The Sherrod story will forever be engrained into every television producer from now on. It's a lesson on what bad journalism is and why going to the source and asking questions is still the basic fundamental of the business.
But it's also lesson on how big the media's power is. Cable news has enough influence on high government officials, that they would fire someone because of only a soundbite. And because of how rapid news flows these days, Sherrod was fired over the phone, on her way to work.
While the CNN was the network that excelled in reporting the Sherrod scandal, their objection to go the ways of MSNBC and FOX News, is their angel and devil complex.
In five words, CNN had a bad year.
You've read about their structural problems in an extensive Vanity Fair expose, "How long can the respectability strategy prevail," wrote Michael Wolff. "Without an audience?" And you've seen countless articles on their dismal primetime ratings.
Broadcast executive Jon Klein was fired as his last hires former New York Gov. Eliot Spitzer and Washington Post conservative columnist Kathleen Parker were tanking in the ratings. "Parker Spitzer" averaged 140,000 viewers, in the 25 to 54 key age demo during their first few weeks. Their lead in, "John King, USA," hasn't fared much better, either.
And to top it off, Larry King, a CNN icon, turned over his coveted 9 p.m. timeslot after 25 years at the network. Paving the way for a questionable hire of British journalist Piers Morgan, most known to U.S. audiences as a talent judge of NBC's "America's Got Talent."
However, to CNN's credit they still turn a huge profit and even attract more viewers during big news events like the Chilean Miner Rescue. And they are still hiring, which is more than most networks can say. ABC News, for example, cut a significant portion of its staff this year.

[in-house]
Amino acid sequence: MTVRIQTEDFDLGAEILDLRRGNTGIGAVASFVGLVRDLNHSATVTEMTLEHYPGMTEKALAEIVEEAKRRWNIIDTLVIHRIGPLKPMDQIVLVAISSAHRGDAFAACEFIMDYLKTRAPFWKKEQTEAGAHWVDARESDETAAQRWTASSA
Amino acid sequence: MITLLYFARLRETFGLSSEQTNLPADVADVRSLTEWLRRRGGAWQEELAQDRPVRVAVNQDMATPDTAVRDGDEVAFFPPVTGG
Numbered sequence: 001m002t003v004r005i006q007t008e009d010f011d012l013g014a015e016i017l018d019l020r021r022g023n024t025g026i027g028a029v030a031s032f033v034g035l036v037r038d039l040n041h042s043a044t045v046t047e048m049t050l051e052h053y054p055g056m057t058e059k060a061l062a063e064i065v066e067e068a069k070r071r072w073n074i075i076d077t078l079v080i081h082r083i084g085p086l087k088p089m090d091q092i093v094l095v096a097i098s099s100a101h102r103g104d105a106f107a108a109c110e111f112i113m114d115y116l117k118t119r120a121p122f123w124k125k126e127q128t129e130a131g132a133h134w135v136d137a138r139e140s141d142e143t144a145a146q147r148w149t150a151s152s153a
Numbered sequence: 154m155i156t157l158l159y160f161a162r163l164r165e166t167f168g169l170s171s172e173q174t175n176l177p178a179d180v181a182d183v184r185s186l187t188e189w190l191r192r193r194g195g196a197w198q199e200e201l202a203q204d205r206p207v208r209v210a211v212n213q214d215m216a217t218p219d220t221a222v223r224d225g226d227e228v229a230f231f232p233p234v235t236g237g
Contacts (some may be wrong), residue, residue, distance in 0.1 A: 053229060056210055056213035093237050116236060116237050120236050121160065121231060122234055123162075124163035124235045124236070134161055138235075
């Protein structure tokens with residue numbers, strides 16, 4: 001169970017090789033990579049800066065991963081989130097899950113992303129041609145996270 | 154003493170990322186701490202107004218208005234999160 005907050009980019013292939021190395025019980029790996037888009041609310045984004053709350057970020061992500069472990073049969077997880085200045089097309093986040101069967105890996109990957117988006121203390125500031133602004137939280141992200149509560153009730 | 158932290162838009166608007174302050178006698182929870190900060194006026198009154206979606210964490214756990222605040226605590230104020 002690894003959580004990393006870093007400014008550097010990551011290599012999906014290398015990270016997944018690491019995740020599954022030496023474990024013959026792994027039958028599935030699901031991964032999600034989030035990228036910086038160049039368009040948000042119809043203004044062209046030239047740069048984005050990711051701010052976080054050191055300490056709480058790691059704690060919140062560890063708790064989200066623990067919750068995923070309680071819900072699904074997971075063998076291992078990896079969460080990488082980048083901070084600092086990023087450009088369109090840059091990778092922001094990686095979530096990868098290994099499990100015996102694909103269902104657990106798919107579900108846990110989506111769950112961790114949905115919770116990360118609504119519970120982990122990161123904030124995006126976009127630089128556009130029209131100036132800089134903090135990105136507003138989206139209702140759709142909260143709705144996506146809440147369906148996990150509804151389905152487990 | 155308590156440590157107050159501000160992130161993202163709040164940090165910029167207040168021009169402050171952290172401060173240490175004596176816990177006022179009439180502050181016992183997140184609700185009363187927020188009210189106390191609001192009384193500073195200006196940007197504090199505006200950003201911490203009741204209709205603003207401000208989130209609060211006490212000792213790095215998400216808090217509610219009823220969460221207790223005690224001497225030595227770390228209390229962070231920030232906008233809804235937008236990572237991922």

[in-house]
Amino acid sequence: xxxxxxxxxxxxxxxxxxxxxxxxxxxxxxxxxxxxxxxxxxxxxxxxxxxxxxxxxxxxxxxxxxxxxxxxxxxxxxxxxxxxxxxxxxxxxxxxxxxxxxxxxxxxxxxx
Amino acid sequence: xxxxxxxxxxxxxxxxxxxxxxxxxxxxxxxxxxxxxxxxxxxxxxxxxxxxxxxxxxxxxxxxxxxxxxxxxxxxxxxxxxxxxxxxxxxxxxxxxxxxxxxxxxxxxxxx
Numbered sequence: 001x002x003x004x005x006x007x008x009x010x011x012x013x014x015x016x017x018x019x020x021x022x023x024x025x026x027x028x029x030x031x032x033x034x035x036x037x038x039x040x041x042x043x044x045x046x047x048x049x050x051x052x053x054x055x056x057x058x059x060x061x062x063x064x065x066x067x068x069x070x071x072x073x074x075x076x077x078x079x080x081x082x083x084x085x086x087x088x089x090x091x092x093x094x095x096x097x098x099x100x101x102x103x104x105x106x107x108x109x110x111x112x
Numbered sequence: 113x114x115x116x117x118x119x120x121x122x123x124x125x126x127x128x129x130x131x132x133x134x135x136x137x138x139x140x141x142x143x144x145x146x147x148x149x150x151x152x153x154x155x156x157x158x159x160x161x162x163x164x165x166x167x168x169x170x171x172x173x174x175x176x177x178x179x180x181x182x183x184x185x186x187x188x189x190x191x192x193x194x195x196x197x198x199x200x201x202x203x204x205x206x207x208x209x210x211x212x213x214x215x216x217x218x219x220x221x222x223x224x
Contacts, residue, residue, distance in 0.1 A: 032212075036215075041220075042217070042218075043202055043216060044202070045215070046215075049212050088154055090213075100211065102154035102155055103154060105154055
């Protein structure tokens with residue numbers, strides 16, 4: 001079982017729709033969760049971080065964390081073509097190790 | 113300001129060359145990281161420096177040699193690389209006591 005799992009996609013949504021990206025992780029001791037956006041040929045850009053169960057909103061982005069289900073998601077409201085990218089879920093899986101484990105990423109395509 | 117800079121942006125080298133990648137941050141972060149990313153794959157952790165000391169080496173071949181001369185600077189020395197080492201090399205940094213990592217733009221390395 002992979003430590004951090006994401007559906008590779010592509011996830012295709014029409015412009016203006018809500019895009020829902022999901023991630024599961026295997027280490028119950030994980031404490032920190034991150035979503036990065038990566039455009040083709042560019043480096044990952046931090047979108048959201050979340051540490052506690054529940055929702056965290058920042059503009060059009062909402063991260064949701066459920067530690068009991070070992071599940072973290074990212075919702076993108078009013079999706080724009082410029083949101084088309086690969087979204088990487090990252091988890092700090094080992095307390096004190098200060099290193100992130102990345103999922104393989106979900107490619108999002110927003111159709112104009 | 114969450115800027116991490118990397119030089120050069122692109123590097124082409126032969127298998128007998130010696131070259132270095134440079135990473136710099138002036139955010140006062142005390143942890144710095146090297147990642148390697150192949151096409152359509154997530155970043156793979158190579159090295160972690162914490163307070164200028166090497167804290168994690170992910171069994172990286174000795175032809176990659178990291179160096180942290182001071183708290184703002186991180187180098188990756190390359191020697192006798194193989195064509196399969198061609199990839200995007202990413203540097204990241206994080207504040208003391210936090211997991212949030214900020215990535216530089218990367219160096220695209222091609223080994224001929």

In fact, it's hard to determine the bigger story: CNN's decline or the media's obsession with CNN's decline.
With a new leader in Ken Juatz, CNN has the opportunity to change the landscape of cable news, once again. Rumors have even started to swirl about a CBS/CNN partnership. Whether or not a partnership happens, CNN, once a leader and pioneer in cable news', has a chance in 2011 to reinvent themselves, with nothing to lose.
While CNN has nothing to lose, NBC Universal does. When GE announced a year ago their plans to sell their stake in network to cable giant, Comcast, it was to some a media match made in heaven.
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The union between the two huge media companies would create one of the biggest media outlets and the year plus process highlights the complexity of that merger.
But the road to media marriage bliss has been long and complicated. "Comcast's recent willingness to violate net neutrality demonstrates the need to stop its merger with NBC," Sen. Al Franken (D-Minn.) told media site The Wrap. "That is why I recently urged the FCC to block the merger."
The merger has to be approved by the FCC and the DOJ -- a process that is still ongoing. Controversy hangs over proposed net neutrality regulations.
Comcast-NBCU expect the FCC to rule by year's end, which is evident as both companies have already restructured their top brass.
While these stories have a lasting impact, there were a few story lines that caught and rallied viewers attention. The firings of NPR's Juan Williams, or the two-day suspensions of MSNBC's Keith Olbermann and Joe Scarborough ruffled a few feathers on the ethical standards or media organizations. NPR did make a statement with the dismissal of Williams, but Fox News, who doesn't carry the same contractual standards, quickly snapped him up. And Olbermann and Scarborough got more of what seemed like an un-paid vacation rather than a firm hand laying down the rules.
And of course, how can you forget the rallies. Glenn Beck, Ed Shultz, Jon Stewart and Stephen Colbert all held rallies on the National Mall. All were fun to watch and that's about it.